Our Prout Escale Catamaran
Our Prout Escale

Compartment Layout

Prout Escale Catamaran Compartment Layout
Click on the image to enlarge it.

Problem Areas and the hours required to fix them. Click on any link for further detail!



Scotty! We need more power! 270.83
Adventures in Electricity 299.5
Fixing the sewage system 26.75
Rehabilitating the furnace 103.5
Draining the companionway 41.33
Repairing the anchor locker 32
Shoring up the structure 82.5
Dealing with Prout installation jobs 70.25
Drying out the rear compartments 24
Taking care of the outside N/A
Reinstalling the Mast 57.75
Rebuilding the potable water system 9.25



The Cat's Pyjamas?

Welcome to the boat repair section of my Web-site. As you are about to discover, we may have spent more time fixing the family Prout Escale Catamaran than sailing it.

We chose to upgrade to a 39' Escale when we outgrew our 37' Snowgoose, the "von Quack". While that Prout catamaran also had a number of maddening defects, most of them were manageable and we thought we'd address the problem areas given our previous experience with the builder. Basically, we limited what Prout could install and paid a hefty premium for upgraded hardware on deck.

After all, there are compelling reasons to own a Prout Catamaran. Their older designs arguably offer the best layout for cruisers. Today, the "classic" layout might look a bit dated but its true demise can be traced to the rise of the charter market. Nowadays, most catamarans are destined for charter and "modern" layouts reflect the importance of cramming as many people into the boat as possible.

Thus, instead of having huge, functional galley and navigation areas, "modern" Catamarans squeeze both functions into much smaller spaces. But who asked the cook and navigator, they are paid employees, right? So if you are out to buy a boat, do not let this site dissuade your purchase decision if that boat is a Prout Catamaran. Rather, use the site as a check list for potential trouble spots. After all, Prouts have fantastic potential as voyagers and conscientious owners will have addressed the trouble spots already!

We chose a owner layout that allowed enough room for four double bunks and two bathrooms. All cabins are much bigger than on the Snowgoose, sporting higher ceilings and wider hulls. The more modern design gives the Escale a feeling of much more space than the double-ended canoe design of the Snowgoose even though the hull is only two feet longer. Click on the image below to enlarge it.

Our family contemplated selling the Cats PJs after we found the some of the worst defects. But the selling price would have reflected the condition of the boat. Thus, we decided to keep her and fix the defects as we found them. Much of the work in the earlier years ('95-'98) was not cataloged.

Unfortunately, small projects snowballed into much bigger jobs as the extent of problems became clear. For example, our electrical issues started innocently enough with some water pump problems... three years later, almost the entire electrical system has been replaced as we discovered and fixed the inadequacies of the Prout Catamarans construction job.

And there's the rub: While the traditional designs of Prout Catamarans reflect good thinking, experience, etc. our boat was apparently put together in the worst possible manner. Prout rushed to get the boat to the Miami boat show, going as far as shipping 8 employees to the United States to finish her before the show. Perhaps this is why our previous Prout didn't have as many defects as this Escale.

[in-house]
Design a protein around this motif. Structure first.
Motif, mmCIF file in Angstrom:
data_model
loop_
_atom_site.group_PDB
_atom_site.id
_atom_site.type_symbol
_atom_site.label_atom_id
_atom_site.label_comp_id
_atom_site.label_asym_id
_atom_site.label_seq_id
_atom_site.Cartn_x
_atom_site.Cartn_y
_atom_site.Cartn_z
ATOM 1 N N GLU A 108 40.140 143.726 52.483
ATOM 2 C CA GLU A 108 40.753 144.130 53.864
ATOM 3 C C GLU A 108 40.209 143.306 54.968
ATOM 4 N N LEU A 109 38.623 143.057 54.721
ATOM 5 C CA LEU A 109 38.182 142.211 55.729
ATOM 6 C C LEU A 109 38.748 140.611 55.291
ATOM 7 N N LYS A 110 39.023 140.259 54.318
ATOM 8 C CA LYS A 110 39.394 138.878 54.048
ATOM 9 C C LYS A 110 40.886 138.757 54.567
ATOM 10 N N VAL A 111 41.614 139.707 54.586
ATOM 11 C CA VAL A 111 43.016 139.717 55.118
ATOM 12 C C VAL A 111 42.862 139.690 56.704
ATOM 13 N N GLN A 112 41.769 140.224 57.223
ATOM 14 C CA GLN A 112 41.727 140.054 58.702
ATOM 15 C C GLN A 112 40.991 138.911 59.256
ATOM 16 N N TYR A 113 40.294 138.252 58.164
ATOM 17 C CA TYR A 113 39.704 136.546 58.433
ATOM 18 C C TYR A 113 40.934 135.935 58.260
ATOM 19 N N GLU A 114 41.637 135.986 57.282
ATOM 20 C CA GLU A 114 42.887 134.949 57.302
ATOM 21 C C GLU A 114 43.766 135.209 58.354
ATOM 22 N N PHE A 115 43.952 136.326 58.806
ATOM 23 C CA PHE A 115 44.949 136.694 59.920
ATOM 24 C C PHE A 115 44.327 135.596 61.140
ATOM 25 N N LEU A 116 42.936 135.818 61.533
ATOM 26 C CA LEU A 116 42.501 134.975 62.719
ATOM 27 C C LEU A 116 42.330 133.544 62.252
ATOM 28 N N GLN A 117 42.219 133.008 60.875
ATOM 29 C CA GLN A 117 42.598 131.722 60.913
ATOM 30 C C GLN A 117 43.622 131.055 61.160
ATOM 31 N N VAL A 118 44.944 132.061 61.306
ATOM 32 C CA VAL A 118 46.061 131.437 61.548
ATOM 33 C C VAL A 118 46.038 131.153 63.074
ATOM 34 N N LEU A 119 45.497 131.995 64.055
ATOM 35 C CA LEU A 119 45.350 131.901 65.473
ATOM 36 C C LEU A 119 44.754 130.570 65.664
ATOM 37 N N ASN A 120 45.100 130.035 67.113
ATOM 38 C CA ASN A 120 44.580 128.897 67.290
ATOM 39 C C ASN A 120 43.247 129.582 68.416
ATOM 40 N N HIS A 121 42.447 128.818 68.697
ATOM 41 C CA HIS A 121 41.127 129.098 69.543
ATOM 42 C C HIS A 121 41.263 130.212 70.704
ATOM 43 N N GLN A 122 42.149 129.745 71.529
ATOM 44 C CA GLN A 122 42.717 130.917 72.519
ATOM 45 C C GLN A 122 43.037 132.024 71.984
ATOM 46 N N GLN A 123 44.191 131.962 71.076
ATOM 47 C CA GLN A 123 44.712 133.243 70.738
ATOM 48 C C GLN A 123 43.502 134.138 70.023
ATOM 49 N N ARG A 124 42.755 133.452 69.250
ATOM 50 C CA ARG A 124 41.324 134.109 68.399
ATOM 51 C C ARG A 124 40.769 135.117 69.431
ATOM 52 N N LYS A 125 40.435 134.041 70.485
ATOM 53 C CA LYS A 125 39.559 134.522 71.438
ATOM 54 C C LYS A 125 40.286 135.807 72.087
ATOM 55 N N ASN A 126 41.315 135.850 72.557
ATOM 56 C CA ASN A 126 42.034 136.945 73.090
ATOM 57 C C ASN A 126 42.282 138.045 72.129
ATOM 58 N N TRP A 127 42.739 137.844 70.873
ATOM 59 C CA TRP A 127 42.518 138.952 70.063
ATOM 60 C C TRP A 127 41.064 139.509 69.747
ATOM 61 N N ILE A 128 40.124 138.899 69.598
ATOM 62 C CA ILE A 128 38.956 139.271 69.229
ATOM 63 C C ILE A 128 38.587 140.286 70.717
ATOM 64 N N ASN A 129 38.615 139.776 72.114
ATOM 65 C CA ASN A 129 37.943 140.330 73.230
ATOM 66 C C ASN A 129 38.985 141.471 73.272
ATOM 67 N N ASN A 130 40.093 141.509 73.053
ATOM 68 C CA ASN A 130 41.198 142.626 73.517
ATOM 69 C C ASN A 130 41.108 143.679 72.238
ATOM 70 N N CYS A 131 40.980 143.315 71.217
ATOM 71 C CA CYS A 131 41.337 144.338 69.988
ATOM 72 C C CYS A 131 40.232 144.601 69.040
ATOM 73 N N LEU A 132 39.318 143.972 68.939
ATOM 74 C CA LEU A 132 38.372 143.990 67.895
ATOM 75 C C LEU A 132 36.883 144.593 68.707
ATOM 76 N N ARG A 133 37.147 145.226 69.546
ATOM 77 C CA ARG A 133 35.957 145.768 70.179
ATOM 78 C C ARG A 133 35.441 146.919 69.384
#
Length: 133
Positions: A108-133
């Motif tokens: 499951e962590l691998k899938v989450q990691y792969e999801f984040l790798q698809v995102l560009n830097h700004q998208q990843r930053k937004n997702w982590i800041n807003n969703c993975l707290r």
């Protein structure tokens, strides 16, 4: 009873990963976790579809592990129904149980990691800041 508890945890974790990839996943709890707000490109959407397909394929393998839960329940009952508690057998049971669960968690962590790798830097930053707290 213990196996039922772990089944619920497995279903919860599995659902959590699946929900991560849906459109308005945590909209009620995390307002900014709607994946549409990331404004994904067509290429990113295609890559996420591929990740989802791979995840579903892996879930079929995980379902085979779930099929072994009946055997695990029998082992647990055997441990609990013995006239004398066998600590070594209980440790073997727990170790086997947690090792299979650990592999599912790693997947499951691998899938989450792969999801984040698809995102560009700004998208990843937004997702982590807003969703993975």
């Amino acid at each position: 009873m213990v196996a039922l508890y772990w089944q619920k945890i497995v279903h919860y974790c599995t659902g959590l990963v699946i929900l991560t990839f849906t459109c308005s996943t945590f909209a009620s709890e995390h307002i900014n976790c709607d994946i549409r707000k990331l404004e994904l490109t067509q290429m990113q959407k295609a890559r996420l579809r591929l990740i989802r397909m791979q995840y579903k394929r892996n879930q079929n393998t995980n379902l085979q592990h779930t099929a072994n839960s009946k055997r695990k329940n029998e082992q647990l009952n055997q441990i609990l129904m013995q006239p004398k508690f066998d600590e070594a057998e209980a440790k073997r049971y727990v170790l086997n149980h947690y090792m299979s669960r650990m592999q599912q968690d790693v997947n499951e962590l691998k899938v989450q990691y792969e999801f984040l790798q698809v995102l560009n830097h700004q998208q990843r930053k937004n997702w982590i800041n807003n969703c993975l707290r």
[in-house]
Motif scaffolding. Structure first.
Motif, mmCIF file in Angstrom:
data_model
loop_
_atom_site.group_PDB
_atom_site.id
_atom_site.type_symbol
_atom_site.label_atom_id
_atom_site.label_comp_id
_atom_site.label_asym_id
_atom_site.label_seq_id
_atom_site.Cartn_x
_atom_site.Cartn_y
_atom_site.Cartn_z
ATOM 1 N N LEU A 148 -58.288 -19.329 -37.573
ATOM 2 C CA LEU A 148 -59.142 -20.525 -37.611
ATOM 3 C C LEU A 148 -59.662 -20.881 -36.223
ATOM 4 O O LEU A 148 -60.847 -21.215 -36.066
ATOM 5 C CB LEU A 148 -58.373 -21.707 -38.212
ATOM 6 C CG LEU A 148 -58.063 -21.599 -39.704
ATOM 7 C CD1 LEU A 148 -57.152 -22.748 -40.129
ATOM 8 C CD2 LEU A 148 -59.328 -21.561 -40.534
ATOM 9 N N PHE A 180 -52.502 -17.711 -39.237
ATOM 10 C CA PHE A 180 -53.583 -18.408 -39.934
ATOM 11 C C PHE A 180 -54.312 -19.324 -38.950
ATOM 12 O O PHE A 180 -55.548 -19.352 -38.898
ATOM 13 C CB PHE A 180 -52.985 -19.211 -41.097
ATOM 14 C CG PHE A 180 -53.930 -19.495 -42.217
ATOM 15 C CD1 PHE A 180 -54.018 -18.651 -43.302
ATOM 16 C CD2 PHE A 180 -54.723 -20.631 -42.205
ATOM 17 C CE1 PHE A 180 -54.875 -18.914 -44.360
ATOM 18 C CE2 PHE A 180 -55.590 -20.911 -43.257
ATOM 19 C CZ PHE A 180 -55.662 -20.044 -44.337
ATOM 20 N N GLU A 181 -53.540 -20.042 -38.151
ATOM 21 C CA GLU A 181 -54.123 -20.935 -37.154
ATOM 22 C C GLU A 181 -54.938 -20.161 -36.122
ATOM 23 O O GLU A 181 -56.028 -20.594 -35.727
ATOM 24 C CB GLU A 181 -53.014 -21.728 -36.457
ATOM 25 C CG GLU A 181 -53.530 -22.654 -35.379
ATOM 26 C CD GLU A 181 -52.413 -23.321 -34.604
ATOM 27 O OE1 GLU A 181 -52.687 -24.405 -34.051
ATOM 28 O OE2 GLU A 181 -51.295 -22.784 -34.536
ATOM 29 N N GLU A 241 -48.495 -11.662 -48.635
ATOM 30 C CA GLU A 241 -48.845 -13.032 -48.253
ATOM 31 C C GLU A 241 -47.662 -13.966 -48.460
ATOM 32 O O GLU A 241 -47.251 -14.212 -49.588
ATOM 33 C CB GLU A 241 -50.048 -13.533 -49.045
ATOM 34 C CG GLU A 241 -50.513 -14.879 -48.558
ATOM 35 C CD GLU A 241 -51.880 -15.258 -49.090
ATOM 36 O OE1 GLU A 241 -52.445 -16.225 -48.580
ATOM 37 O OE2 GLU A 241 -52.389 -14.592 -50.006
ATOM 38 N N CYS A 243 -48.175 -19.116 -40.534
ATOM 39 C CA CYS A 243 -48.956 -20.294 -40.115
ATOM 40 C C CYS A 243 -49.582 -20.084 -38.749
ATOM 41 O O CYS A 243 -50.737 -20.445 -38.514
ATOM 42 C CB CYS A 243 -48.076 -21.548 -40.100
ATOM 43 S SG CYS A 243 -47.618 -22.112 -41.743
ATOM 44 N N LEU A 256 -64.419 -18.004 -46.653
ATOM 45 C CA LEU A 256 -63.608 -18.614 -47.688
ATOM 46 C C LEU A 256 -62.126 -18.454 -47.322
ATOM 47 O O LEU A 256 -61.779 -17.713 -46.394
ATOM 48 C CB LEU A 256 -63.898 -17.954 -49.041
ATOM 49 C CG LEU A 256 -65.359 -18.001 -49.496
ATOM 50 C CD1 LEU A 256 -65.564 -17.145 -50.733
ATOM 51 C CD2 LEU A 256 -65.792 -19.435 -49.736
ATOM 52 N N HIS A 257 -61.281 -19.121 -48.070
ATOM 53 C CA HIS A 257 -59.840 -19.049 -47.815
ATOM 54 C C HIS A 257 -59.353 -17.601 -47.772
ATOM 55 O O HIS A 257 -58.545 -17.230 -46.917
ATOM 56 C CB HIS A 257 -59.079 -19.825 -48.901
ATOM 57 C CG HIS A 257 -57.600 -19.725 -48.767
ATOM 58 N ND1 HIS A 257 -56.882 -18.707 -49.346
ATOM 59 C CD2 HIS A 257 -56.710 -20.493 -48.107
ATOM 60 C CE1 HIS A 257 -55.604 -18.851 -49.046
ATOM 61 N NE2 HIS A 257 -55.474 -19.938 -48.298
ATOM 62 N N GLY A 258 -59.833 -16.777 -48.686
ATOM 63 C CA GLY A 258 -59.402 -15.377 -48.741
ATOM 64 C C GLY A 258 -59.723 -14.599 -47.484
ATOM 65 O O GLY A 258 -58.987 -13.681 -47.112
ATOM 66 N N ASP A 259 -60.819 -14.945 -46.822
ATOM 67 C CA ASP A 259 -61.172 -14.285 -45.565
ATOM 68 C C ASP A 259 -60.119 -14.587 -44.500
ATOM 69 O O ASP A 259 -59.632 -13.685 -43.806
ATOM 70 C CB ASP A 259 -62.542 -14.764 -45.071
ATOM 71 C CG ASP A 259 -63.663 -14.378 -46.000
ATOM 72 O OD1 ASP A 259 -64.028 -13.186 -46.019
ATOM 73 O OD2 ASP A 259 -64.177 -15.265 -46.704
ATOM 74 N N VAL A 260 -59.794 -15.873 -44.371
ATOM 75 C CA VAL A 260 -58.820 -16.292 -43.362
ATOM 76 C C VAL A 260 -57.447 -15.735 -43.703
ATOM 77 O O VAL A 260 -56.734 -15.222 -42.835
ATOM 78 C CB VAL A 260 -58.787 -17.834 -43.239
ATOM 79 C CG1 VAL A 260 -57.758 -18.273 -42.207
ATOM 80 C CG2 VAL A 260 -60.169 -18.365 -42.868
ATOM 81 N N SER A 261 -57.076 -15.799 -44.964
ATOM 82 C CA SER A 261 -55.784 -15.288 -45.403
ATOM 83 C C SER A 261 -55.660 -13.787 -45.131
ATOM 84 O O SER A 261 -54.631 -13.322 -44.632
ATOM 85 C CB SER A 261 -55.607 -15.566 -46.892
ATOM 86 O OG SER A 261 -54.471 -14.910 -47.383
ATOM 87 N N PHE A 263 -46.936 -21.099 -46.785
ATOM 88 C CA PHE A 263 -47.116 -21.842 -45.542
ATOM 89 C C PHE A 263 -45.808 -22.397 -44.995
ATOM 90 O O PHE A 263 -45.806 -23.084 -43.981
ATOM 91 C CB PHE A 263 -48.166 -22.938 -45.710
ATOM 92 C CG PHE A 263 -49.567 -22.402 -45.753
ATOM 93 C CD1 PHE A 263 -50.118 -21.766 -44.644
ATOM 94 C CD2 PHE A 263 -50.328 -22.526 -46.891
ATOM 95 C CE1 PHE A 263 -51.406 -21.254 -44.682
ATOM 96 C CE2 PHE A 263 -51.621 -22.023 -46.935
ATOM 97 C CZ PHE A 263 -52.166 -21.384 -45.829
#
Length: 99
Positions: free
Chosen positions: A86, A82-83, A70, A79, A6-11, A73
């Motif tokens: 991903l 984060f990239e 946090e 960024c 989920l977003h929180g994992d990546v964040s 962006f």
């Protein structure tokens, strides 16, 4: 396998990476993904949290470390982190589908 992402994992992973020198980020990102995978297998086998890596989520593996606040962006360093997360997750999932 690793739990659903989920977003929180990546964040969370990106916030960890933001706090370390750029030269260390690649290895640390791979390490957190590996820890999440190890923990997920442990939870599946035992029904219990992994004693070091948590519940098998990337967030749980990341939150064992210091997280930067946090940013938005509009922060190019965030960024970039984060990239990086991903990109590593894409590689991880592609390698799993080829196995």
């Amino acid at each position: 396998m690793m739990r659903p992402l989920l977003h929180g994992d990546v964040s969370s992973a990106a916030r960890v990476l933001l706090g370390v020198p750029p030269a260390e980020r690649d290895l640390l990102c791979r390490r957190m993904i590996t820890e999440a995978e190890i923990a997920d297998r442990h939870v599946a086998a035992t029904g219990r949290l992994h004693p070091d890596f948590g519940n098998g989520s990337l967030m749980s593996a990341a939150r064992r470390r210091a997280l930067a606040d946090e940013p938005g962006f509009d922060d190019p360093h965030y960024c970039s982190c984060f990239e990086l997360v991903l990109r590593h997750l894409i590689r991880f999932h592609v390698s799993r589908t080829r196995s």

For example, we found badly rusted plain steel pins holding the standing rigging to our masthead that someone at Prout Catamarans had substituted for the stainless ones supplied by ZSpar. We also found a cockpit drain that drained onto the engine instead of overboard. The electrical system was not fused properly nor did it meet ABYC standards. Most terrifying of all was the initial flexing of our Prout Escale - joints between walls and bulkheads opened and closed, windows cracked, and hull connections busted as the two hulls went in their respective directions.

Thus, as far as we could tell, Prout Catamarans used a trial-by-error approach to boat building.

Judging from the letters I have received from fellow Prout owners, we weren't the only ones with workmanship issues. Perhaps this is why the French multihull builders were able to take the charter market by storm. And as the cruising market contracted, so did Prout. Their attempts at building charter boats (the 38' and 46') came too late: Charter fleets worldwide had already standardized around other manufacturers.

In 1999, Prout Catamarans was bought by the Canadian-based Quest group. Allegedly, the new owners would inject cash and use Prout Catamarans as a builder of choice for their charter fleet. Prout Catamarans was placed into receivership for the first time in Sept. 2001, only 14 months after being acquired. Six months later, the new Quest subsidiary called Prout UK that had bought the leftover Prout Catmarans assets was shut down permanently.

Out of curiosity, I ordered a credit check. On my first Prout bankruptcy page I analyze Prout Catmarans' slow descent into receivership. To keep track of more recent developments in all things Prout, I have created a second Prout bankruptcy page. For example, I try to list where the hull-molds have gone, as several companies continue to manufacturer these excellent designs.

But for all the time we lost due to the ineptness of Prout Catamarans building our Escale, one of the joys of the boating industry is the great number of hardworking, talented, and knowledgeable people that have helped us. Without their help and advice, we would have just given up. In particular, I would like to thank: